June 2012 Newsletter (vol.8) >> Beat the Heat
Taken from the 2Q-2012 edition of Thrive Magazine
Exposure to heat and sun can result in serious health problems for anyone; but agricultural workers, by the very nature of their jobs, are especially vulnerable. “We get calls every year asking about heat exhaustion and skin cancer,” says Charlotte Halverson, occupational health and safety nurse at the National Education Center for Agricultural Safety in Peosta, Iowa. “In ag, you’re subject to whatever the weather throws at you. In high temperatures and high humidity, you need to be aware.”
For ag workers, compensation claims related to those issues are among the highest of any occupation, and agriculture has one of the highest rates of skin cancer of any work environment. These are serious –potentially fatal-ailments, so prevention is essential.
The good news is that taking a few precautions for heat and sun management will fulfill several goals at once: protecting employee health, improving safety and increasing productivity.
Create a Plan
Managers and supervisors can help prevent sun and heat related problems by following a few key steps:
“You will always see a farmer with a hat,” says Judy Garrett, Health Services Manager for Syngenta. “You won’t see them out there shirtless; they’re often wearing long sleeves.” Choose clothing that is light-colored and comfortable, and a ventilated, wide-brimmed, sun-safe hat. Both clothing and hat should be made of tightly woven fabric.
“Our farm employees wear several layers of clothing all year round,” says Linda Huggins, Health and Safety Director for Harvey Fertilizer & Gas Co. in Kinston, NC. “The additional layers during the summer hold moisture in and keep them cooler than wearing a single layer.”
Pesticide handlers and early-entry workers have to wear even more clothing than other farm employees because of the protective gear their work requires. This puts them even more at risk for heat-related ailments. In fact, the EPA’s revised Worker Protection Standard requires that these workers be “instructed in the prevention, recognition and first-aid treatment of heat illness and that they not be allowed or directed to perform handling or early-entry activities unless appropriate measures are taken.”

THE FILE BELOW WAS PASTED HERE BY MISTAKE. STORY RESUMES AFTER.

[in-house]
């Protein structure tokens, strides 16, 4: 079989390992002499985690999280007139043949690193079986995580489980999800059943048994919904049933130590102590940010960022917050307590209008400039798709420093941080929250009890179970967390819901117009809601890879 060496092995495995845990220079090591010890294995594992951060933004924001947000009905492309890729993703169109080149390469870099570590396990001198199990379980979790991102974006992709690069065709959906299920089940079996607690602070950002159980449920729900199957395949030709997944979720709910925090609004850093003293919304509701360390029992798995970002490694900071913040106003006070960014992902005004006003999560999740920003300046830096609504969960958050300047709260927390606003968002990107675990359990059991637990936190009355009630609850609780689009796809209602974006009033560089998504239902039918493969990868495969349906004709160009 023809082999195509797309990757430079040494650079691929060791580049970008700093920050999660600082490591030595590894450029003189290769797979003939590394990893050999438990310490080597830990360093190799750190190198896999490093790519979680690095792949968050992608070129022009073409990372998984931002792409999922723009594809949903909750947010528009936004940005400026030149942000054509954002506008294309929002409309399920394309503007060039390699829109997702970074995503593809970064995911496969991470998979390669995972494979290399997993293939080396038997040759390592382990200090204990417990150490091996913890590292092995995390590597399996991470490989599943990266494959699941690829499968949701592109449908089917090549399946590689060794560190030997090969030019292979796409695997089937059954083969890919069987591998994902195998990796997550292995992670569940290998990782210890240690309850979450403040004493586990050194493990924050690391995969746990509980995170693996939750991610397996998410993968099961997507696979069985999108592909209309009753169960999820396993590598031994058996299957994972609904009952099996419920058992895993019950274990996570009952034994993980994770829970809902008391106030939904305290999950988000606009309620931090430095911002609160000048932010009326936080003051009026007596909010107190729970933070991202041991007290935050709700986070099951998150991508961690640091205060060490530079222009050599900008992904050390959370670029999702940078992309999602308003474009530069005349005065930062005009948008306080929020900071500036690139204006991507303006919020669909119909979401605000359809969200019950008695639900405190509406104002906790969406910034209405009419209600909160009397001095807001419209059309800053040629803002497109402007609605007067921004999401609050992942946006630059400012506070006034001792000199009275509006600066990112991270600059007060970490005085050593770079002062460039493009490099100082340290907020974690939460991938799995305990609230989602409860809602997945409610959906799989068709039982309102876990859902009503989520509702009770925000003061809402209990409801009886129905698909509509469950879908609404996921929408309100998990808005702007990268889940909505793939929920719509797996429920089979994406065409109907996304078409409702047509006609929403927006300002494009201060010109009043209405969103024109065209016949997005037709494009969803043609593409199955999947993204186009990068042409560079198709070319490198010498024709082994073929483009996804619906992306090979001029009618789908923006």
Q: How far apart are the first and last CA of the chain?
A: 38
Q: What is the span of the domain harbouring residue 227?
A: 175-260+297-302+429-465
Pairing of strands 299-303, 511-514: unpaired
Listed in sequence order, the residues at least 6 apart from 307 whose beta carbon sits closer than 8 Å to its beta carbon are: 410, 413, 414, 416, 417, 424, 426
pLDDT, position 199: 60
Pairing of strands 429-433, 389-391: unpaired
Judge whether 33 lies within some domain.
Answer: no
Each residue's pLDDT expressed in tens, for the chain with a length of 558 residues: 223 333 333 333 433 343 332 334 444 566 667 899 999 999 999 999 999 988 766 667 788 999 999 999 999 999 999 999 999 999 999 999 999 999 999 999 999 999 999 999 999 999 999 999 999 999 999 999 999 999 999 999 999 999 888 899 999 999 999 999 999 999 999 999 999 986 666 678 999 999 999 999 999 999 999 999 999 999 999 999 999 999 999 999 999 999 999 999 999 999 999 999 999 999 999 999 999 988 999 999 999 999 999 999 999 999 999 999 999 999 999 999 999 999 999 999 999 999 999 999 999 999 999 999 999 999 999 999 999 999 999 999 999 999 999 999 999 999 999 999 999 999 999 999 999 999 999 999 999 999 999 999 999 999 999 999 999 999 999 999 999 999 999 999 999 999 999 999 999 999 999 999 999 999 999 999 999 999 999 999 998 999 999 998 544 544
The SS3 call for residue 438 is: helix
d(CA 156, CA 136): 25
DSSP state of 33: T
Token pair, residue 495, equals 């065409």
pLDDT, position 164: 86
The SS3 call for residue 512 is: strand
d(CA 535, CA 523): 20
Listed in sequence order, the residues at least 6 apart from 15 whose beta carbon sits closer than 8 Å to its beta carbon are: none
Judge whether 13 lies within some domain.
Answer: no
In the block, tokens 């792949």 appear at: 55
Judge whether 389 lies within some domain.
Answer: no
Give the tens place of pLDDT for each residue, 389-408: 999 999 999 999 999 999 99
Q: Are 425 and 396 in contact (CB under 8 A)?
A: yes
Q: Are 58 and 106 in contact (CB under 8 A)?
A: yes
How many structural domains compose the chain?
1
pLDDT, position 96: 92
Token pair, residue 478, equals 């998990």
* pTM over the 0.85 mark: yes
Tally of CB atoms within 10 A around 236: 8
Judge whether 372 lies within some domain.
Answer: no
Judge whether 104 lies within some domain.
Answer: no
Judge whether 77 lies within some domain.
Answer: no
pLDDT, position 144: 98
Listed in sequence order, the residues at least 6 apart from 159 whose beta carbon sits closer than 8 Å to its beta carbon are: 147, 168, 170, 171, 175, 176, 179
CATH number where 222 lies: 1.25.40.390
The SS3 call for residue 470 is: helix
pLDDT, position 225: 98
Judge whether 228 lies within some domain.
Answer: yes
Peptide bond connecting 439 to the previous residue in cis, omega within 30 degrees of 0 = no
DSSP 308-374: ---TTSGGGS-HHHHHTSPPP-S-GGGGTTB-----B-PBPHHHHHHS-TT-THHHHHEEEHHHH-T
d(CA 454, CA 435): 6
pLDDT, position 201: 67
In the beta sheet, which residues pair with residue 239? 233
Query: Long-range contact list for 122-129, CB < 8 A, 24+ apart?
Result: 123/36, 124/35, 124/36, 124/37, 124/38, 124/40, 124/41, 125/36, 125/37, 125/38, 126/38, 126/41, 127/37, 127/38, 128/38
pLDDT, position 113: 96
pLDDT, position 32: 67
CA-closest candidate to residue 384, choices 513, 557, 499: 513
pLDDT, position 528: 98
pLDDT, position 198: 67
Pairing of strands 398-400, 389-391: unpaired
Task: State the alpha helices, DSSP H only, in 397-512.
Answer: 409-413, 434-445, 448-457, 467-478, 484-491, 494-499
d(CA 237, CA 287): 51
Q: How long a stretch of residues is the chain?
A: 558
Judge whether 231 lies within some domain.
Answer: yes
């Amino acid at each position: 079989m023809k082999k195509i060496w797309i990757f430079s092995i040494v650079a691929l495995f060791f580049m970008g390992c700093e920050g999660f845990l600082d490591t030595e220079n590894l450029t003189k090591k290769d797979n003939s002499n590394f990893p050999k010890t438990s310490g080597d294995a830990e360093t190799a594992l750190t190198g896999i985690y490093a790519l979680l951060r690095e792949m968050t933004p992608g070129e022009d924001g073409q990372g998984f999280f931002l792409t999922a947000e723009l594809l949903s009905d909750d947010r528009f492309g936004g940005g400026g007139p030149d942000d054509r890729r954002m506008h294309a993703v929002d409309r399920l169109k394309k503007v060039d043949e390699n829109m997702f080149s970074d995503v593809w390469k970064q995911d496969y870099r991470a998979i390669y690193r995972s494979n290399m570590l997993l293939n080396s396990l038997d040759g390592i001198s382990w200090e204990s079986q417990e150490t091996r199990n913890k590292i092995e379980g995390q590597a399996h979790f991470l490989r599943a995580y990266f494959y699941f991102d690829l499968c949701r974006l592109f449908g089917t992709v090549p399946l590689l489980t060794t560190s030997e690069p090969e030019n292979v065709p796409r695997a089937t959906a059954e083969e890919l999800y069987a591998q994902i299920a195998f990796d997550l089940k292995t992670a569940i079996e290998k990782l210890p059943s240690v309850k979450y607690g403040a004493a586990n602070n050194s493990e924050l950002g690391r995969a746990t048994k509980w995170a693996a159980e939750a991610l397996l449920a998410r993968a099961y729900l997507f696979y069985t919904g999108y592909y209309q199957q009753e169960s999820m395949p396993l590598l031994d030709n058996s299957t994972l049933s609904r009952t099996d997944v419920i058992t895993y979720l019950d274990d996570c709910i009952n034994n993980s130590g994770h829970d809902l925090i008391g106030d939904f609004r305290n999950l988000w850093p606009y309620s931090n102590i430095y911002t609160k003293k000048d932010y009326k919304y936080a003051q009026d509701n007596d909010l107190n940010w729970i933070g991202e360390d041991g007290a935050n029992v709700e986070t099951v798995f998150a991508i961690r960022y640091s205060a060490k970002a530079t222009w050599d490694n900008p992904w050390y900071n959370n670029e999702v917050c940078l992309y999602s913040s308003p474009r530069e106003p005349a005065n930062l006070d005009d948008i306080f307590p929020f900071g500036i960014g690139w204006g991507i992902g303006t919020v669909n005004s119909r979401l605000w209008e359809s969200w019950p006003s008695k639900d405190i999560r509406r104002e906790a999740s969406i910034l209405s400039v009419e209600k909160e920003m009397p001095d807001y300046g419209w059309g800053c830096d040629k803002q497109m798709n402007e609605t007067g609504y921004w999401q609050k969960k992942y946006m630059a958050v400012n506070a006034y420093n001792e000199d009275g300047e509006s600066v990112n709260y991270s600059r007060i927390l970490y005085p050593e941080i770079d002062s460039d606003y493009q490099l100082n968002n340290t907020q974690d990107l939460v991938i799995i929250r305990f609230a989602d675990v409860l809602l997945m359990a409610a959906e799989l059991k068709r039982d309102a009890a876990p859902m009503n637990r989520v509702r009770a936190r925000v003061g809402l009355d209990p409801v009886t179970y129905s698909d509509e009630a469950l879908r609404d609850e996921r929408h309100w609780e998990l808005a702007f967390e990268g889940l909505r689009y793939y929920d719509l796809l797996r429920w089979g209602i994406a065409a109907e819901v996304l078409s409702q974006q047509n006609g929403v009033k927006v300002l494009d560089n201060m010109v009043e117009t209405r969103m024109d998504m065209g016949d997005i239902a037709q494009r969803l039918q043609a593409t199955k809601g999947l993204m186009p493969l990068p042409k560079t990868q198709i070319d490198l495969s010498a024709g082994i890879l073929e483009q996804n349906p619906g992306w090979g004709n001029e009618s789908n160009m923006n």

All outdoors workers should protect exposed skin with sunscreen, one with at least 30 SPF and both UVA and UVB protections; and reapply frequently. They also should us lip balm with SPF.
And don’t forget the eyes. “In the past, we didn’t think much about eye protection,” Garrett says. “But in recent years, we have learned that it is just as important to protect the eyes from the sun as it is to protect the skin.” Sunglasses or safety glasses worn outside need to offer UVA and UVB protection.
Acknowledge Problems Early:
Once a person becomes overheated, it takes 30 minutes, at least, to slowly restore normal temperatures. “It’s important that body temperature be reduced gradually by getting in the shade and cooling down with a fan or minimal air conditioning,” Huggins says. “You can also cool down by applying cool water to pressure points: around the neck, the wrist or groin area. And if an employee experiences heat-related illness never allow that employee to drive himself or herself away from the work area.”
Know the Hazards and their Symptoms:
Hazards include heat exhaustion, heat stroke, sunburn, and skin cancer. In the case of heat exhaustion, recognition of the early symptoms - dizziness, irritability and impaired judgment - is key to keeping it from progressing to heat stroke, which can be deadly.
Communicate about the hazards and symptoms with your employees often. Remind them about heat and sun precautions in a variety of ways, such as posters, guest speakers and email blasts.
“In the old days, they took salt tabs,” says Garrett. “That’s not necessary, but you should drink water not carbonated drinks.” Also, avoid excessive caffeine.
Harvey Fertilizer & Gas Co. provided water and sports drinks to employees. “Not only is it important to provide these drinks, it’s equally important to stress the correct way to keep hydrated. Drink small amounts of liquid continually all day long, versus large amounts of liquid at one time,” says Huggins.
“The subject of heat and sun related ailments should be part of any safety training and education,” Garret says. Syngenta revisits the subject with employees every year as part of its wellness program, with regular reminders given throughout the spring and summer. “We provide educational materials to employees if they’re going out in the field,” Garrett says. “Our large work sites have annual skin-care clinics.”
Halverson suggests bringing in speakers, such as local doctors or pharmacists, to work sites at the start of the season. “It’s human nature,” she says. “If you bring in someone from the outside, people will listen to them.”
Such efforts will help keep employees healthy and can boost company morale, Halverson adds. “You’re telling them they are cared about,” she says. “That goes a long way toward good employee/employer relationships.”
For More Information:
American Academy of Dermatology www.aad.org/skin-care-and-safety
Center for Disease Control www.cdc.gov/cancer/skin/basic_info/prevention.htm (for preventing skin cancer);
www.bt.cdc.gov/disasters/extremeheat/heat_guide.asp (for dealing with extreme heat)
EPA’s Guide to Heat Stress in Agriculture nepis.epa.gov/Exe/ZyPURL.cgi?Dockey=20001L0D.txt
Ohio State University Extension Fact Sheet: Sun Exposure and Protection www.ohioline.osu.edu/hyg-fact/5000/5550.html
U.S. Department of Labor’s OSHA (Occupational Safety & Health Administration) Standards for Heat Stress www.osha.gov/SLTC/heatstress